2010 Lexus IS 250C Expert Review:Autoblog
When Lexus researched the target demographic for its IS 250C and IS 350C, respondents were asked what they wanted to do with – and in – their convertibles. When the answers came back, Lexus discovered that no matter how much driving and champagne and sun and moonlight were involved, the scenario always included at least two people doing one thing: engaging in NSFW activities. So the new IS convertible was designed to fulfill those dreams, and according to Lexus, this duo of folding tin-tops represents the automaker's wild side. But does Lexus even have a wild side? Make the jump to find out.
Photos copyright ©2009 Jonathon Ramsey / Weblogs, Inc
Shot with a Nikon D70 and Nikon 18-200 lens
The IS is classed as an entry-level luxury convertible, and as such, it lines up against competitors like the BMW 328i, Volvo C70, upcoming Audi A5 cabrio and the now-departed Mercedes CLK350 convertible. Despite its various and sundry competition, it's clear that the IS C's design couldn't be confused for anything outside of the Lexus stable. The changes made to its rear-end are thorough and create a compelling and markedly different look from its sedan counterpart (the two don't share any body panels). The front and rear fascias have been redesigned with greater angularity: the front intakes dip lower and the "arrowhead" face is more pronounced, while out back, a high-mounted LED brake light notates an arched deck lid, and the trunk and fascia angles are even more acute, with the taillights nearly piercing the license plate area.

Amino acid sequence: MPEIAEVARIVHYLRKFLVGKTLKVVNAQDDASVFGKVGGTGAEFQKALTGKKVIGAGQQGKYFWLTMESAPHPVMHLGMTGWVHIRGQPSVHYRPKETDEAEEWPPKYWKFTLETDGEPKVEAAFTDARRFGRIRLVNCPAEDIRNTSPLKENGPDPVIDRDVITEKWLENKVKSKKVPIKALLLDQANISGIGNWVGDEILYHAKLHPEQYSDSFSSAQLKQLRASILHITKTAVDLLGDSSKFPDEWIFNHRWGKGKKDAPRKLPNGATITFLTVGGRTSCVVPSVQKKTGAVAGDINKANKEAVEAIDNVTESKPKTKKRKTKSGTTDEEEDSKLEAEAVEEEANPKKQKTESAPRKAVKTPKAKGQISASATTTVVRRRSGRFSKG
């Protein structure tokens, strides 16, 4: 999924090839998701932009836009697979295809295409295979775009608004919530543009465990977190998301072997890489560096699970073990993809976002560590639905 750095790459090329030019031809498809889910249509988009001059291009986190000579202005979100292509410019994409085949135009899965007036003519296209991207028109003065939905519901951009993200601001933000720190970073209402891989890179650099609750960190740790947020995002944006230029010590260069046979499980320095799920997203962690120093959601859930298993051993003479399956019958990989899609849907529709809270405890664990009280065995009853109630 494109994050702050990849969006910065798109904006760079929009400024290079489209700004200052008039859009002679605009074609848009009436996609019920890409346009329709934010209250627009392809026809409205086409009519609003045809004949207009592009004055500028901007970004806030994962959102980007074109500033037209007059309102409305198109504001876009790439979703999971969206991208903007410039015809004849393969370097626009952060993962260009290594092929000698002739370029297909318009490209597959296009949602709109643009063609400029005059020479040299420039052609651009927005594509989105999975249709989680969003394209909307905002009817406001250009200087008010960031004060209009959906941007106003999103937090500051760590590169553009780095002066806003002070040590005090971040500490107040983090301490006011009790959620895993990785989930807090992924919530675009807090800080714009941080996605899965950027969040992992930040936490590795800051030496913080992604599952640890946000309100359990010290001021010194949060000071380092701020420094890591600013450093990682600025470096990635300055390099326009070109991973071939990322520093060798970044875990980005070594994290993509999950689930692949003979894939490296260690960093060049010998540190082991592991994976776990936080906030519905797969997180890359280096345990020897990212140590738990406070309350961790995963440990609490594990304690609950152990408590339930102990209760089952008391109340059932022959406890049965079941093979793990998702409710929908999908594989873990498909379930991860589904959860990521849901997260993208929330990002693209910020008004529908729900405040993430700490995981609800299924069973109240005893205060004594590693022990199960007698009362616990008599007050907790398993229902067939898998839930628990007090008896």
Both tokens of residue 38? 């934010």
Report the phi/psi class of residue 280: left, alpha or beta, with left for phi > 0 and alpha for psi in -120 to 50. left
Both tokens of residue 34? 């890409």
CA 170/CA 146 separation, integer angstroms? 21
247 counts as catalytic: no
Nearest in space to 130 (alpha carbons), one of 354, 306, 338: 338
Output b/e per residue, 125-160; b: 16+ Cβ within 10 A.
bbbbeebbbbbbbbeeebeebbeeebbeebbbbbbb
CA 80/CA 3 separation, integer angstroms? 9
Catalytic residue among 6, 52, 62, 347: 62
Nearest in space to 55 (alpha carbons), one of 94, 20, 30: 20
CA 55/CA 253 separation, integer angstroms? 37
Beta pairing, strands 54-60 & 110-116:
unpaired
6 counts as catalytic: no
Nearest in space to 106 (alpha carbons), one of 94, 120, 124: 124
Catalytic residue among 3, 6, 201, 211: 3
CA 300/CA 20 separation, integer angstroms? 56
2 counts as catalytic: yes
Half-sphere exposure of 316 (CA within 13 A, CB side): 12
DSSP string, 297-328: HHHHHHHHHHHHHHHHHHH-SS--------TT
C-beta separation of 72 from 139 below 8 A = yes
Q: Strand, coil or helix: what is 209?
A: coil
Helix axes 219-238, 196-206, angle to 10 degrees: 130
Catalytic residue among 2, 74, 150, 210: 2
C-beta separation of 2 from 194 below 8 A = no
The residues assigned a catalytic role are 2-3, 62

The voluminous back end looks more like the C70 than the 328. The convertible has the same width and wheelbase as the sedan, but it's 2.2-inches longer, and aside from housing the retractable roof, that extra bit of metal visually reduces the IS' heightened rump. From the side, the eye makes an easy sweep over the convertible, aided by the sculpted shoulders where the C-pillar meets the trunk, topped by ridges that glide down to the rear. With the top up, you get 10.8 cubic feet of space – enough, we're told, to fit four folks and their golf bags. With the top down, you'll have 2.36 cubic feet to work with, and if you opt for the run-flat tires, a little bit more.
That junk-swallowing trunk is needed to house "the world's fastest opening three-piece metal hardtop." Fifteen motors and 37 sensors put it away and get it back out in 20 seconds. That's the good part. The not-so-good part is that you can't stow the roof while the car is in motion. Most of the time, this won't make much difference, but if you ever need to put the top up at a stoplight – especially if it's a light you're unfamiliar with – then 20 seconds feels like an archaeological era. If the light turns green while you're still doing your thing, your choice is to drive awkwardly with the top half open or to make everyone else wait. Frankly, if this were the choice that had to be made, we would have taken a slower moving top that could operate at modest speeds.
Underneath that raised roof is where the game of inches is played. The doors are nearly a foot longer than those on the sedan and they open wider, making ingress an easy affair. In a reversal of the usual order, there is an inch more headroom up front. However, it's the typical story for those in the rear: only half an inch less headroom then the sedan, but five inches less leg room, eight inches less shoulder room, and ten inches less hip room. It's not as bad as it might sound – if the driver isn't an NBA guard and he's willing to sacrifice a bit of leg room, a person of average height will be fine for a local trip. But the fixed rear center console takes away the option of sliding around to find a little more room.